presentative of the splendor of Byzantine art, 383.

Cockburn's, Lord, sketch of Stewart's personal ap-

its influence upon climates, 437–38.
pearance, 478.

its variety of temperatures, and its object,
Compagni, Dino, 334.

Coverdale, Miles, sent abroad with a license from
Cromwell; assists in collecting and editing the

scattered portions of the Bible, 558.
Criterion of our being well employed, (Bacon,) 30. Historical value of original correspondences and
Crown, the, of Queen Victoria, 288.

civil and military documents, instances, 347.

History, its varied forms, the caution with which its

details must be accepted, 346.

Homer, Theology of, 399-409; its lack of a Spirit
Dante Alighieri, 335-43.

of Evil, 401.
Deductive Method, triumphs of — instances: Sir

Hume, David, 476.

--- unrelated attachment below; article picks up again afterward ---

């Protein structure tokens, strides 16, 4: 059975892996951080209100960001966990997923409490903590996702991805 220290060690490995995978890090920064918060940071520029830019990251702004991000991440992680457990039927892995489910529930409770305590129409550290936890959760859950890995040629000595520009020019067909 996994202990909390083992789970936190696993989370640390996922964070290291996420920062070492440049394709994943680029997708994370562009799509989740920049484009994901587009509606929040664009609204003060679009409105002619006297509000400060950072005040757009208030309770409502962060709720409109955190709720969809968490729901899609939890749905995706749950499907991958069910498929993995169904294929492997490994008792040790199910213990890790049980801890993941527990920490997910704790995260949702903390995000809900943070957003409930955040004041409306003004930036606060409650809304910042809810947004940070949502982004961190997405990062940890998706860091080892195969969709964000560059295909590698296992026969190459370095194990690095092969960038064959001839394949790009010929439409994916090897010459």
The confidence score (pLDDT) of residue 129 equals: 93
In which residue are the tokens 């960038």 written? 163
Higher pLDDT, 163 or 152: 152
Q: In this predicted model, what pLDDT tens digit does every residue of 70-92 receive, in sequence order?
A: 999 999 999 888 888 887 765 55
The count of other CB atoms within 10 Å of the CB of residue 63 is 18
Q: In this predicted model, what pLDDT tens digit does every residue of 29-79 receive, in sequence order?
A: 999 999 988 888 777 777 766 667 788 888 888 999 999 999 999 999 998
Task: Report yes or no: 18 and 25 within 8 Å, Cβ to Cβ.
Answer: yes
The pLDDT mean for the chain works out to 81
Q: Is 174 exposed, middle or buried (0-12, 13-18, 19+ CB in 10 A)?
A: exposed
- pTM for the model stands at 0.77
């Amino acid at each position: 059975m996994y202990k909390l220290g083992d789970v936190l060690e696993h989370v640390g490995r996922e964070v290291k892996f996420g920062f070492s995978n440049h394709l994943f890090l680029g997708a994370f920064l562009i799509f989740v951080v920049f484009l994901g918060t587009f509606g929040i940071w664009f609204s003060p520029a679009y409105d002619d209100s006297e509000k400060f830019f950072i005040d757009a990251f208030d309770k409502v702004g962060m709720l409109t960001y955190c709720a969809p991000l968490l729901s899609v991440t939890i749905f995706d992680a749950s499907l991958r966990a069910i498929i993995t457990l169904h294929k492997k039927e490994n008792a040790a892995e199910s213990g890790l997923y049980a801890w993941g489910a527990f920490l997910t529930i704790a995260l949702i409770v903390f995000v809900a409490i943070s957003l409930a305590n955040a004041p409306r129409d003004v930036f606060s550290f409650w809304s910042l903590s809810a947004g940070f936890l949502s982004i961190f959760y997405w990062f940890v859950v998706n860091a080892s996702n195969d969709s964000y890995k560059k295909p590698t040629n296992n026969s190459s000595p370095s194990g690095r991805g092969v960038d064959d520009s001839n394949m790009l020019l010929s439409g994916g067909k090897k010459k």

Isaac Newton, 194-5; M. Haüy, 195-6; Goethe,

Divina Commedia, Signor Giudici'e commentary on,

Imagination and Fancy, definition of, distinction be-
Drawing, how to foster a talent for, 288.

tween, illustrations of, Wordsworth's share in give

ing precision to the terms, 59-61.

Insanity, interesting case of simulated, and its de.
Eagre, description of, 449.

tection by M. Morel, 483.
Early Age at which eminent men have entered col. Italian Language, the Era in which it had its origin,
lege, and advantages thereof, 475.

and account of its early growth, 332.
Earthquakes, the awfully terrific impression they

Literature, its glorious culmination, 335.
make upon the mind, 422.

Poetry, introduction of the religious element,
Education, Moral, the true aims and methods of, 333.

Italy—the Cradle and the Grave of the Arts, 372-
English Character, Mohammedan opinion of the,


Iteration, recommended by Dr. Johnson, Fox, Pitt,
Erroneous modes of thought in the fifteenth and Brougham, 318.
sixteenth centuries, two prominent ones, 28.

Excellence in prose-writing, how attained, 313.
Expression, a want of proper power of, a universal
defect in the English nation, (1760,) 313.